Cuba has announced plans to lay off at least one million state employees as part of a move to revive the country's struggling economy.
The Cuban Labor Union announced on Monday that half a million of state workers would lose their jobs over the next six months alone.
The rest will be eventually fired during the next few years, mounting the total number of those fired to more than a million.
Those laid off will be encouraged to become self-employed or join new private enterprises.
This is said to be the biggest private sector shift since the 1959 revolution that eventually led to a communist system in Cuba.
"Our state cannot and should not continue maintaining companies, productive entities and services with inflated payrolls and losses that damage our economy," the labor union said in a statement.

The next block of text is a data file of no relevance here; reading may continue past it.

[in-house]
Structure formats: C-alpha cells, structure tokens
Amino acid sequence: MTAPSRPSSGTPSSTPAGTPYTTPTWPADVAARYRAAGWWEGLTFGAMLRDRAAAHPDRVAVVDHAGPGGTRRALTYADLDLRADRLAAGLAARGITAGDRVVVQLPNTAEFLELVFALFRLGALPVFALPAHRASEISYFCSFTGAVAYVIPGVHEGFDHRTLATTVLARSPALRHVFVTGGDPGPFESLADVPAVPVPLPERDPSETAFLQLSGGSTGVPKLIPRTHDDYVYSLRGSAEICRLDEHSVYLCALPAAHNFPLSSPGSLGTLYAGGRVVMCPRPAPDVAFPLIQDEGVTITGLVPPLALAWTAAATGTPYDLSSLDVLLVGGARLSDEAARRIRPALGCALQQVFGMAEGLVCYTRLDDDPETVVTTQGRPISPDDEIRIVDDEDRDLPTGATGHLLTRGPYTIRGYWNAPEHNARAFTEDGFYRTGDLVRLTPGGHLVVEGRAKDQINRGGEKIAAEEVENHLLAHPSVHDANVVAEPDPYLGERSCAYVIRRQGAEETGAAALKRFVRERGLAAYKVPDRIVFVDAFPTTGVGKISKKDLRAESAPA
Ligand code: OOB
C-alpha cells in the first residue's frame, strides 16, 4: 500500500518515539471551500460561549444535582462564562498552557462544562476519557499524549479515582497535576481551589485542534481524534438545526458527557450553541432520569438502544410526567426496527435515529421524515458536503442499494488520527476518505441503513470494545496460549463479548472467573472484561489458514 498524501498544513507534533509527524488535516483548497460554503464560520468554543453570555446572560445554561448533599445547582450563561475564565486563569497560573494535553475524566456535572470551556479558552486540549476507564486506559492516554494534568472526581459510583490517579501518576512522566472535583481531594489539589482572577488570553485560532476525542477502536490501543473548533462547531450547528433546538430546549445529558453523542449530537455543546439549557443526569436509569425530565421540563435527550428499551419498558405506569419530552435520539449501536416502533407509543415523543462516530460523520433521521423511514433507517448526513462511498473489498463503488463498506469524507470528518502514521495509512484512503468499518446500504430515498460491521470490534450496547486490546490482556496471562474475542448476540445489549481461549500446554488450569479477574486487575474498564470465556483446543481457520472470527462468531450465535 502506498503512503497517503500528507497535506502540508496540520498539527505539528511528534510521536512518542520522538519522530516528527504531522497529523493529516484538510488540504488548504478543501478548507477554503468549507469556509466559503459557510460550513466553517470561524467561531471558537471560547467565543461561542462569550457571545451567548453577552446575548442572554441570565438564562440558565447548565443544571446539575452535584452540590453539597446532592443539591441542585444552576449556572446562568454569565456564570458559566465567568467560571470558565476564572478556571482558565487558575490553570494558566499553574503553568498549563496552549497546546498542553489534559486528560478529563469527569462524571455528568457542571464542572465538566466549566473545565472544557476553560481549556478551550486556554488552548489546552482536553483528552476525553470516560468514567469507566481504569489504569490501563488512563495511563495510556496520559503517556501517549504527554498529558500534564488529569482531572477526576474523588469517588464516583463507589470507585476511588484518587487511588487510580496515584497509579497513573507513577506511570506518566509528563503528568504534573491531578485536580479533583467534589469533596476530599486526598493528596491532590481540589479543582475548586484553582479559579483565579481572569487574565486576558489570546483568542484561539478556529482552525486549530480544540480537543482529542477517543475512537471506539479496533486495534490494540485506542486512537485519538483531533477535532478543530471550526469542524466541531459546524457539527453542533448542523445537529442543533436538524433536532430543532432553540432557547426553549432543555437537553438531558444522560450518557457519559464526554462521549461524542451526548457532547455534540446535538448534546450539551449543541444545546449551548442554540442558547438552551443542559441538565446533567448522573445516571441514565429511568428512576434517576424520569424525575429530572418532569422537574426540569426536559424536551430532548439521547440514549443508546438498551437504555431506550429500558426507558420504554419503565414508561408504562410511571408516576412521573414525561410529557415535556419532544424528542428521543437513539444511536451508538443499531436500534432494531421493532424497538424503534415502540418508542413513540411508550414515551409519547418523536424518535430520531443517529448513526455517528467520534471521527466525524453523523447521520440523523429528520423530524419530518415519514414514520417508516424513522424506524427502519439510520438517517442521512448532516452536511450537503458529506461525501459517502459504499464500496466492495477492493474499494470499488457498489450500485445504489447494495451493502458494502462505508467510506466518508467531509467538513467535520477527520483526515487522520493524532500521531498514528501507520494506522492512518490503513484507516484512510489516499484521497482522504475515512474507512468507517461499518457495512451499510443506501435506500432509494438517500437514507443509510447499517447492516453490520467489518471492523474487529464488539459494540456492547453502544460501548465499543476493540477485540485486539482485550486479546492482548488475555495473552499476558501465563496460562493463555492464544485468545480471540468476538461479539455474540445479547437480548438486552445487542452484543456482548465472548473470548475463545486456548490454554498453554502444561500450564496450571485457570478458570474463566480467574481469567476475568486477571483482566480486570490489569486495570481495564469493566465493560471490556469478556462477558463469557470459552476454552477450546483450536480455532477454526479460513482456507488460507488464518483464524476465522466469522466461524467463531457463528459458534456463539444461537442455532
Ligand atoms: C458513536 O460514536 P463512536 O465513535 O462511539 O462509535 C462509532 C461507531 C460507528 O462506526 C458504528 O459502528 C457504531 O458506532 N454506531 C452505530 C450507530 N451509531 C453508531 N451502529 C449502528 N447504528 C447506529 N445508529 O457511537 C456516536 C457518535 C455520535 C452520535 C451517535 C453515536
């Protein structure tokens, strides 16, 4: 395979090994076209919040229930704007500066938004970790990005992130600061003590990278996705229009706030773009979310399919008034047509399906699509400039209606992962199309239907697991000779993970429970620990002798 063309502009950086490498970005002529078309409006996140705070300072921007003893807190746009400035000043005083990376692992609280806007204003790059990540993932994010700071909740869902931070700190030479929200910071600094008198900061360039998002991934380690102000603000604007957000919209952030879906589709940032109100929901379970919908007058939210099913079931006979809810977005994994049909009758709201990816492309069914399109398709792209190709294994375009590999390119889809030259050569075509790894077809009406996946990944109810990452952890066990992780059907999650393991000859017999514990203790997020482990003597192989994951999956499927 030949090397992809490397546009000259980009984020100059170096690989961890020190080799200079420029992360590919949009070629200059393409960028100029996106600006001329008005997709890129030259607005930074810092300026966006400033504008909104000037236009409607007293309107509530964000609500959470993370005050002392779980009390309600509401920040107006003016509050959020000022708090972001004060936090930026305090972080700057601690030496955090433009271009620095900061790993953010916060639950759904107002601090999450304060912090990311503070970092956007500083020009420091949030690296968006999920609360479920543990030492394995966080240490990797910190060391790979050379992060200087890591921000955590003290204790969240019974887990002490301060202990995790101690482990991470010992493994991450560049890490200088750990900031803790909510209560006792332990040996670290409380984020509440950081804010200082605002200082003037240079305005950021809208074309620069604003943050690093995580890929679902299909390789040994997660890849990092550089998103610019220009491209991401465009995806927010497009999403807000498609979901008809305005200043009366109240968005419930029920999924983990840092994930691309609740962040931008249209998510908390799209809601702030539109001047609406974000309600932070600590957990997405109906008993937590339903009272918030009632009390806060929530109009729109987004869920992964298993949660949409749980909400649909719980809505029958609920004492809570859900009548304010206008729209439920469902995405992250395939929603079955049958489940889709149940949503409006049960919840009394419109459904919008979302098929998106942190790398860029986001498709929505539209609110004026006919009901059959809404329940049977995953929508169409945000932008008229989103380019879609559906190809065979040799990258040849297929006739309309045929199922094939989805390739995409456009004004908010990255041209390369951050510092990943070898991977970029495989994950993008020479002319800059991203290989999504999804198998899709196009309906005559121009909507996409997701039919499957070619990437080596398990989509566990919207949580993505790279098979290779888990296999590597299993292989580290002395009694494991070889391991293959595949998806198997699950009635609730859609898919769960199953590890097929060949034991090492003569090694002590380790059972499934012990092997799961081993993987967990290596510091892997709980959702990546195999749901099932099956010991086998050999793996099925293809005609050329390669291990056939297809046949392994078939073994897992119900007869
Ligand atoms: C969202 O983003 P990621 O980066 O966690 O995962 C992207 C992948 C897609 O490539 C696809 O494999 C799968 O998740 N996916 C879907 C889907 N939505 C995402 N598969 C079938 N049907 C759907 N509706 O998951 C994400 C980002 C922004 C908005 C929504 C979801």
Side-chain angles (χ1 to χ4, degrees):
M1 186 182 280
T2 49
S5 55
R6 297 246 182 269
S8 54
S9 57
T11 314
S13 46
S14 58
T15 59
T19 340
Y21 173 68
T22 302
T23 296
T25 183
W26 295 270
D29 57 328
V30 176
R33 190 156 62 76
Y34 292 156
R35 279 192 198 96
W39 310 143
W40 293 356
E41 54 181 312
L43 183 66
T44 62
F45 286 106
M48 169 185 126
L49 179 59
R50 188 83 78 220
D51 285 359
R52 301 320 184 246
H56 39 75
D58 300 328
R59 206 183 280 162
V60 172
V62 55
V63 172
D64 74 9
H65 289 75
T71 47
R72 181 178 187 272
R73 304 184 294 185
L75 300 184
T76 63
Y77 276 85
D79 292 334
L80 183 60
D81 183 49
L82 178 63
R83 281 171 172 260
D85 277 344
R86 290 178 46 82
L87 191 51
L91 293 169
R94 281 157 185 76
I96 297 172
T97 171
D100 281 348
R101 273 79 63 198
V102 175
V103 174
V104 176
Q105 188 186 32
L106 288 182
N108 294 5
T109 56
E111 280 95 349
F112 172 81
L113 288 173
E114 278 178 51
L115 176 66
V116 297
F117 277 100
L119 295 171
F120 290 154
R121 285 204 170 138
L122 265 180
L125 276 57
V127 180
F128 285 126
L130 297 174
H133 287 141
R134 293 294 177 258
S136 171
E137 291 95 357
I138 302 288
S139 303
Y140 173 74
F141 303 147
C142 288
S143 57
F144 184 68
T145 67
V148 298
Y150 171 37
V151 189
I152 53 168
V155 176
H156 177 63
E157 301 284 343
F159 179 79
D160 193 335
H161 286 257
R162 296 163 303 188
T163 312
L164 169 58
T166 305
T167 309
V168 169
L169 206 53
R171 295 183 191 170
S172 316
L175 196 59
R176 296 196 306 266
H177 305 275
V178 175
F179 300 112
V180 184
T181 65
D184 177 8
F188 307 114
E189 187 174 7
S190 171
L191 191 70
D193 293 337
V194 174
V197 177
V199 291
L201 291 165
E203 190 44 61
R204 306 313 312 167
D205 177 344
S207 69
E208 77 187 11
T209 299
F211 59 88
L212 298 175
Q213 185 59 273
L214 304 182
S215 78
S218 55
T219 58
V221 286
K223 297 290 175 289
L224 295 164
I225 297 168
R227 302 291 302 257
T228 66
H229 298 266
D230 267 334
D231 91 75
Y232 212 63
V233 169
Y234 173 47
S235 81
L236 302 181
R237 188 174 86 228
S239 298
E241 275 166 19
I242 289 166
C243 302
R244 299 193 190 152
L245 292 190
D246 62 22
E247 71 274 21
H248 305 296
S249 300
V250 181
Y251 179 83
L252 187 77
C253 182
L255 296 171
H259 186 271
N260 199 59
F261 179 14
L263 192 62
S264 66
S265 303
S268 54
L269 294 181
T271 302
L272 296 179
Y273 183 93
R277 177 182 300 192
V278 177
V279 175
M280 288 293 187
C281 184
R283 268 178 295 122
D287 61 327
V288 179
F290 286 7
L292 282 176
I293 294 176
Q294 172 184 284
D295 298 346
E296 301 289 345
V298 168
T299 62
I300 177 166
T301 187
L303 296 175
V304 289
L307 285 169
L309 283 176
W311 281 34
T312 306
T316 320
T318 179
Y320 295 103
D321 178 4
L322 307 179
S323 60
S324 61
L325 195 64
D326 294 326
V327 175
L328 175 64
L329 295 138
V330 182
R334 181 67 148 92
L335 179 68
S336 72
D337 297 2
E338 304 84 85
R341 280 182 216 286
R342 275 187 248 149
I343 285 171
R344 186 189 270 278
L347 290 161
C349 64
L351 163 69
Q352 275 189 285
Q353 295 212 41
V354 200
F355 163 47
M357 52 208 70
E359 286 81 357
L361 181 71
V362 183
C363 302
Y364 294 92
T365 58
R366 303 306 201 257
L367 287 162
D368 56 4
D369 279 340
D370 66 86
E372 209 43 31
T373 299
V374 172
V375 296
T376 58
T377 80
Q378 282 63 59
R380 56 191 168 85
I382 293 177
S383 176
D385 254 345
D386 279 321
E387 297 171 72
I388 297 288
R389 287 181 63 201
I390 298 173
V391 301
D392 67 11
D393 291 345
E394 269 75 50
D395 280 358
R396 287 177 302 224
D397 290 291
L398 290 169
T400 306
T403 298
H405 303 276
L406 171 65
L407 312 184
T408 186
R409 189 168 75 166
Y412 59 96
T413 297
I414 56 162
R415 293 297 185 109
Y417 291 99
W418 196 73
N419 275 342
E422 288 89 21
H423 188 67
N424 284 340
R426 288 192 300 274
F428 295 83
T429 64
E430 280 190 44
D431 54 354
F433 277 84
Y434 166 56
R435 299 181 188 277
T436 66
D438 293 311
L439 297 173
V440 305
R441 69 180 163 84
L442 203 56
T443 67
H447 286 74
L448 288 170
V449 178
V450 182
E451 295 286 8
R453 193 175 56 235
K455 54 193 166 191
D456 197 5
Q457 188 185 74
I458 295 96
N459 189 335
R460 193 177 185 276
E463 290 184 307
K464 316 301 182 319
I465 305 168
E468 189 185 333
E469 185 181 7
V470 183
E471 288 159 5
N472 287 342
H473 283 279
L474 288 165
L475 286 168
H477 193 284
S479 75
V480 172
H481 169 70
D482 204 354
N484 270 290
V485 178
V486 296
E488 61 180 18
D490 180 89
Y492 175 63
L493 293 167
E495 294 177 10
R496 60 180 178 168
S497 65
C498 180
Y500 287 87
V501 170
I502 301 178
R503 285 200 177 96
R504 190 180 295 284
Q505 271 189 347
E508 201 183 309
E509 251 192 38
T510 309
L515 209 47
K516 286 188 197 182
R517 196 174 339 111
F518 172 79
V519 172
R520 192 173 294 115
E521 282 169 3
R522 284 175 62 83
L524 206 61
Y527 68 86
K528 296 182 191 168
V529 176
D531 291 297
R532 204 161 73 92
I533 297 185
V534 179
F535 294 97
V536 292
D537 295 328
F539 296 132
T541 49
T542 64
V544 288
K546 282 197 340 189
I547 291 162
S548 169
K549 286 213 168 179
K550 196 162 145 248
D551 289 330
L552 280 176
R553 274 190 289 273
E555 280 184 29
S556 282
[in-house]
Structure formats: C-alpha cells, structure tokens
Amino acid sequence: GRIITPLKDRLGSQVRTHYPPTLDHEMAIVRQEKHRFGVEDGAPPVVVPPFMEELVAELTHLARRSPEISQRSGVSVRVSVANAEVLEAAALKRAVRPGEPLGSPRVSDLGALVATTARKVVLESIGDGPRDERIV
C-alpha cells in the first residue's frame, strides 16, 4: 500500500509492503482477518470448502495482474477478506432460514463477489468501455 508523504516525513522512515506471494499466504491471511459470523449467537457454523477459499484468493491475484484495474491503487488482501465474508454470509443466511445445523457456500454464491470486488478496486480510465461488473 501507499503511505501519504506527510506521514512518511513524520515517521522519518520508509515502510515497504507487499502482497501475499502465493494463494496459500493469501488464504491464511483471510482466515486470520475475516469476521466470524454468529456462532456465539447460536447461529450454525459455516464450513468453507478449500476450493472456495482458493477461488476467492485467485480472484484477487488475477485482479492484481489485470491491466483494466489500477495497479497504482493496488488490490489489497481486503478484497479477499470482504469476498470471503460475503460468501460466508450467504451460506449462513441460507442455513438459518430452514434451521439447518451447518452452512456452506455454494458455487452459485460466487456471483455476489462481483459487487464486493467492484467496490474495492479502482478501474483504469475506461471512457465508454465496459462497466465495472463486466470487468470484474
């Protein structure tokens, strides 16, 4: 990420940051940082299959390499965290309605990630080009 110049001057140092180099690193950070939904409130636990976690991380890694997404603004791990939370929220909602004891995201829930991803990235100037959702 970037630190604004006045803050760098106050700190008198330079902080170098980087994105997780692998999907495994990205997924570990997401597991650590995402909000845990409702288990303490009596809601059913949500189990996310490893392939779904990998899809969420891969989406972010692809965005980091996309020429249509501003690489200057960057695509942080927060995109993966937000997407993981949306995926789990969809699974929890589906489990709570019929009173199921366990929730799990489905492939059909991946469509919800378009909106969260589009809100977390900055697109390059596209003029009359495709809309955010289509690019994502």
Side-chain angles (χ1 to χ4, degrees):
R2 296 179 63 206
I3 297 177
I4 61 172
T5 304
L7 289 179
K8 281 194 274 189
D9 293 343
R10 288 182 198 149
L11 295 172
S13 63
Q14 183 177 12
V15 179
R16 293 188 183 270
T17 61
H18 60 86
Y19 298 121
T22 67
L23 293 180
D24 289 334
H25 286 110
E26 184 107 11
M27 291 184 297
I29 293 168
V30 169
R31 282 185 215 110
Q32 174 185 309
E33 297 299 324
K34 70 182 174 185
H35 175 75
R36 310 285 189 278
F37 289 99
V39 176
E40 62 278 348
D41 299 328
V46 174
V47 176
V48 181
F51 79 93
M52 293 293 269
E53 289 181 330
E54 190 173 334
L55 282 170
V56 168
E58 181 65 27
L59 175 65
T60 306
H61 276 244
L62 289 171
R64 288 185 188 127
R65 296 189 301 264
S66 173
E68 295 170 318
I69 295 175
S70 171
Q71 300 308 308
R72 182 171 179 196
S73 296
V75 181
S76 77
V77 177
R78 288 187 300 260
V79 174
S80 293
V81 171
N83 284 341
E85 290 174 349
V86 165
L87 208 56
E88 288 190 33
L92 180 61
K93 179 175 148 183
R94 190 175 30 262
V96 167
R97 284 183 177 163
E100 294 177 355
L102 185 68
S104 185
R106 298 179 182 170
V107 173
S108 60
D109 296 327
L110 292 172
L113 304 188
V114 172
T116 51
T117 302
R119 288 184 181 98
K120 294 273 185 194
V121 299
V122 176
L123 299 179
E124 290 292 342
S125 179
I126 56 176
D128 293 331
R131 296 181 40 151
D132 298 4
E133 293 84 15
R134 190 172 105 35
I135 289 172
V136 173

It also said that it is necessary to reduce social spending as well as eliminate excessive subsidies and early retirement.
The Cuban government pays average monthly salaries of $20 to its citizens but it also provides free education and health care and heavily subsidizes housing, transportation and basic food.
The state sector currently accounts for 95 percent of all economic activities in the country.
The government now plans to promote the private sector and allow Cubans to start small businesses.
President Raul Castro had announced layoffs in August, but said they would occur over the next five years.
Castro has launched a few, small free-market reforms since taking over from his brother Fidel Castro in 2006.